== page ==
Ten Pyrite Replaced Brachiopod (Paraspirifer) Fossils - Ohio

These are ten brachiopod fossils of the species Paraspirifer bownockeri & Orthospirifer cooperi that have been replaced by glittering pyrite. They come from the Devonian aged Silica Shale near Sylvania, Ohio. The brachiopods have been mostly prepped free from the surrounding rock they were found in.

Some of the brachiopods came loose from the rock during collection and were remounted. The quarries where these brachiopods used to be found are now closed to collectors so they are much harder to acquire.

Comes with a display stand.

Brachiopods are members of the phylum Brachiopoda. They are clam-like with wide shells composed of two halves called valves. They are filter feeders that live a-fixed to rocks or on the seafloor. Brachiopods first appear in early Cambrian. These were simple forms with non-articulating shells. Their diversity peaked during the Devonian and there are currently 12,000 described fossil species of Brachiopoda from 5,000 genera. Most species of brachiopod died out during the Permian-Triassic Extinction but there are about 450 species living today. They live in cold, marine environments, like polar seas or the continental shelf and slope. The largest fossil Brachiopod is 7.9 inches (200 mm). Most are 2-4 inches (3-8 cm). Living Brachiopods also fall into this range.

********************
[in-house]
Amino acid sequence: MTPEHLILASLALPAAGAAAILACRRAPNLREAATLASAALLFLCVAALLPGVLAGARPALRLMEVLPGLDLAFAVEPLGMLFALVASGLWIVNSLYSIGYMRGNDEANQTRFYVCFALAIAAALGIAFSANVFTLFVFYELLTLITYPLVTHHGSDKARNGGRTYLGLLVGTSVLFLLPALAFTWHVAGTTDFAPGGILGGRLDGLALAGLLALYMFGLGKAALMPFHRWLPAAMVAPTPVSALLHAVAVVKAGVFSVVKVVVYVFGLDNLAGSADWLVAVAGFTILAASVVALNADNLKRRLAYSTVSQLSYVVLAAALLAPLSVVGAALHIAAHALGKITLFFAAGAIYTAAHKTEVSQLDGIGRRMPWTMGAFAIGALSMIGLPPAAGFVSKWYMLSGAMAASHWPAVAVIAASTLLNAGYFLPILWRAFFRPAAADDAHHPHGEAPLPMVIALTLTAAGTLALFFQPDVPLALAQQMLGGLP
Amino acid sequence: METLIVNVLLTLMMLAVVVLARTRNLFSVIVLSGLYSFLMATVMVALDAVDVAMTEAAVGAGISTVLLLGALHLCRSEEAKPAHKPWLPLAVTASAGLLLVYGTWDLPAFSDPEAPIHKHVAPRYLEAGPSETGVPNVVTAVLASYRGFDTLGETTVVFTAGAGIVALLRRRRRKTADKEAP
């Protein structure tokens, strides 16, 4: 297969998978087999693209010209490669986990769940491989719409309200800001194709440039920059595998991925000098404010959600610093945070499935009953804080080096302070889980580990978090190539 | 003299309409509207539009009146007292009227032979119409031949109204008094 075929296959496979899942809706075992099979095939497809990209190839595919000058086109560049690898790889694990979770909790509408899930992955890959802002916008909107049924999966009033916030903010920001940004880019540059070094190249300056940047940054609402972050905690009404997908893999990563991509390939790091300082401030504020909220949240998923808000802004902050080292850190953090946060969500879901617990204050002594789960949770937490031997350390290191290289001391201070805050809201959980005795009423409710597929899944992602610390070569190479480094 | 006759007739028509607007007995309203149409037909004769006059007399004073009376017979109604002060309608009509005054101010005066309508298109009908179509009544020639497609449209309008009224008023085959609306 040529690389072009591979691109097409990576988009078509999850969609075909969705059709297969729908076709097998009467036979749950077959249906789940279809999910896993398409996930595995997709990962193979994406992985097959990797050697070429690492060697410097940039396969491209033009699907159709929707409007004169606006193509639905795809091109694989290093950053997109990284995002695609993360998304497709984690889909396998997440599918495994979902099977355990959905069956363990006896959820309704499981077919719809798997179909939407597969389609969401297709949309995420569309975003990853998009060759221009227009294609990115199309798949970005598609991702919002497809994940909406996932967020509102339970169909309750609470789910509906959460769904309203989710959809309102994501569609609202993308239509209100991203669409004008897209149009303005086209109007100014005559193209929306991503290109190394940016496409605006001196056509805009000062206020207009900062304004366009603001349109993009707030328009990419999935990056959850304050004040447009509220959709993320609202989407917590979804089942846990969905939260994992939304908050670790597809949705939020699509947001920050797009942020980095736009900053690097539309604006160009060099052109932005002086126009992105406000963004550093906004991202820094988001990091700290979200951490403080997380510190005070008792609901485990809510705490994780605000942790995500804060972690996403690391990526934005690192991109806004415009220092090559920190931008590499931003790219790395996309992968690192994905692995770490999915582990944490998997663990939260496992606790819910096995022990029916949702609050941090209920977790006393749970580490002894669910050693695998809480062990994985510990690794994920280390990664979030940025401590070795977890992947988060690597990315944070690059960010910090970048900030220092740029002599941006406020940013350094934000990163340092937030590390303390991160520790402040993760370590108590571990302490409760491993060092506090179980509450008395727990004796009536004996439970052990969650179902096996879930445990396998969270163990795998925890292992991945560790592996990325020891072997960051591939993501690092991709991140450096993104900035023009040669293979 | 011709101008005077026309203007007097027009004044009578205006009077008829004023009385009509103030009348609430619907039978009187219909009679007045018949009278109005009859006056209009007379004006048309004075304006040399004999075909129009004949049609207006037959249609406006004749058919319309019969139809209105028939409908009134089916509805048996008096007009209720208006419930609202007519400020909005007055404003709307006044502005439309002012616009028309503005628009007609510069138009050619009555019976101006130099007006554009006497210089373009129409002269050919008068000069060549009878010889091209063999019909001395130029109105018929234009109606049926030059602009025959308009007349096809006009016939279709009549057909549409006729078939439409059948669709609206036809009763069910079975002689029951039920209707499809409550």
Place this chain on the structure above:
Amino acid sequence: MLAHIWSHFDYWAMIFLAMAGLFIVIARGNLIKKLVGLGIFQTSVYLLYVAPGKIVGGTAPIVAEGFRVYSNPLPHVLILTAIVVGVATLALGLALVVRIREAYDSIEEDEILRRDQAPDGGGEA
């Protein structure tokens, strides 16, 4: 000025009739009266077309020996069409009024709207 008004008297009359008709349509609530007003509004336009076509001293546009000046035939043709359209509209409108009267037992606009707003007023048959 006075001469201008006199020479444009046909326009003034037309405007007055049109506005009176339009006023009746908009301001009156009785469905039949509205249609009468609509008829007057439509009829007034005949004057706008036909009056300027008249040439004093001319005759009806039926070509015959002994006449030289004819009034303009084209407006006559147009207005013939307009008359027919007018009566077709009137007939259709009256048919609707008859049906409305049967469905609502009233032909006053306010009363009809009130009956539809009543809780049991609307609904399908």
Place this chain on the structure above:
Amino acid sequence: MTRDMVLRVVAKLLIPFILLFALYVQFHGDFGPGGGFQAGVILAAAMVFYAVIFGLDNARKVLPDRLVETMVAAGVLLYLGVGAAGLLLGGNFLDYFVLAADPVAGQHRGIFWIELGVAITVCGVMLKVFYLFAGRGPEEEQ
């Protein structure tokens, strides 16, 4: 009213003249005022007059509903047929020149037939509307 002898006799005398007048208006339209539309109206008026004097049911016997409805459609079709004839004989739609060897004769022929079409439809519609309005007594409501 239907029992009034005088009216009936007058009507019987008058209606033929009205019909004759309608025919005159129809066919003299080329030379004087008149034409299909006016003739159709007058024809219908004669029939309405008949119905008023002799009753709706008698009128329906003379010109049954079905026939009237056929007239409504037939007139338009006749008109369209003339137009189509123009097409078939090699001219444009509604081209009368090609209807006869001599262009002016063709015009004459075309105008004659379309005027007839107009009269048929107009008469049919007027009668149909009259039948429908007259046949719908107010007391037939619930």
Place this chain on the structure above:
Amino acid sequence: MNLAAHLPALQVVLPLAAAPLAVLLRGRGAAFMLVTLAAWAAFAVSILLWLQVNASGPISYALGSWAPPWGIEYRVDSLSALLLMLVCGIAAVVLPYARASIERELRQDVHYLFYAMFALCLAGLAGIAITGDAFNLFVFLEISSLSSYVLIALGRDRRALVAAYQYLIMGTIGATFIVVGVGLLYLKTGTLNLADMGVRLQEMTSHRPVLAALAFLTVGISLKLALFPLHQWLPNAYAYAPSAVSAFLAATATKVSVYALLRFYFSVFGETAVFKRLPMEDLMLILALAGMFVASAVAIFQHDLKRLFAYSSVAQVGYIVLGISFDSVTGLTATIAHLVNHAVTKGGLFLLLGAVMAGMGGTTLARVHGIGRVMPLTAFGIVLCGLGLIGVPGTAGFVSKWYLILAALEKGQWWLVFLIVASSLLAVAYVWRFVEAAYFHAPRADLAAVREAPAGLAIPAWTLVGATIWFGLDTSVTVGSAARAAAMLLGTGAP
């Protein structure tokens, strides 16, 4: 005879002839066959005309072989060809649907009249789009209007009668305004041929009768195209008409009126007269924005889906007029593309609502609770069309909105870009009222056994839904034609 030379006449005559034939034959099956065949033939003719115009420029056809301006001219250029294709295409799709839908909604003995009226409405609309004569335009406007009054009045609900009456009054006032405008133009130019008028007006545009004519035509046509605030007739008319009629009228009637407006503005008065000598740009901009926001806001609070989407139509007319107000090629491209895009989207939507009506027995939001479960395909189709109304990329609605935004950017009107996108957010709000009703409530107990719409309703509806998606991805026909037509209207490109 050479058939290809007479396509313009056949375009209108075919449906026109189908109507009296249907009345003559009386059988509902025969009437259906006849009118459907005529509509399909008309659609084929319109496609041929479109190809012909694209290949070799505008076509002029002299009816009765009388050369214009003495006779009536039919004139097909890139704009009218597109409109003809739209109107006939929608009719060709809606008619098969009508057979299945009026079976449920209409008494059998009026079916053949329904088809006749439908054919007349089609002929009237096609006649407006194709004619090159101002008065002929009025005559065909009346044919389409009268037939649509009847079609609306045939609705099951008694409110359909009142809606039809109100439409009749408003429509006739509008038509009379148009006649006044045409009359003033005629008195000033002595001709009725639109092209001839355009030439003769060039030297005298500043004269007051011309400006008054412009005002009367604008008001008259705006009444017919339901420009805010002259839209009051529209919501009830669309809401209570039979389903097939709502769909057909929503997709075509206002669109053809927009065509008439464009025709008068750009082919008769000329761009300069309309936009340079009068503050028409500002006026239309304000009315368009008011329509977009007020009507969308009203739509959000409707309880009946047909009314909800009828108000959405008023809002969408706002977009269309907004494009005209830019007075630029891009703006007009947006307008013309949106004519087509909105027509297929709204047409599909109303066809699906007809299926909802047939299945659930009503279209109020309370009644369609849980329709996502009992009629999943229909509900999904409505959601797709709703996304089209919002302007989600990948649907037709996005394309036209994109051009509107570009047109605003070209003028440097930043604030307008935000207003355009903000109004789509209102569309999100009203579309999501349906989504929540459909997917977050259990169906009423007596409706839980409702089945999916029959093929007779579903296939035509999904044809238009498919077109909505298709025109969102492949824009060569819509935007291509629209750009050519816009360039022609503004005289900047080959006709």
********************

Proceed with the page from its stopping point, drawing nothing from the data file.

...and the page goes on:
Brachiopods are more closely related to Bryozoans than Mollusks. The easiest differences to identify are in the shells of clams and Brachiopods. Mollusk shells are divided into left and right while Brachiopod shells are divided top (dorsal) and bottom (ventral). The shells of mollusks are usually equal on the right and left. In Brachiopods, the bottom shell is larger than the top. The other big difference is in how they feed. Both are filter feeders but mollusks extend their filter into the water and pull food into its shell. Brachiopods have internal feeding structures. Water is drawn into the shell where the food is filtered out before expelling it out.
Paraspirifer bownockeri & Orthospirifer cooperi
Sylvania, Ohio
Silica Shale
2" wide largest brachiopod on 9.7 x 7.5" shale
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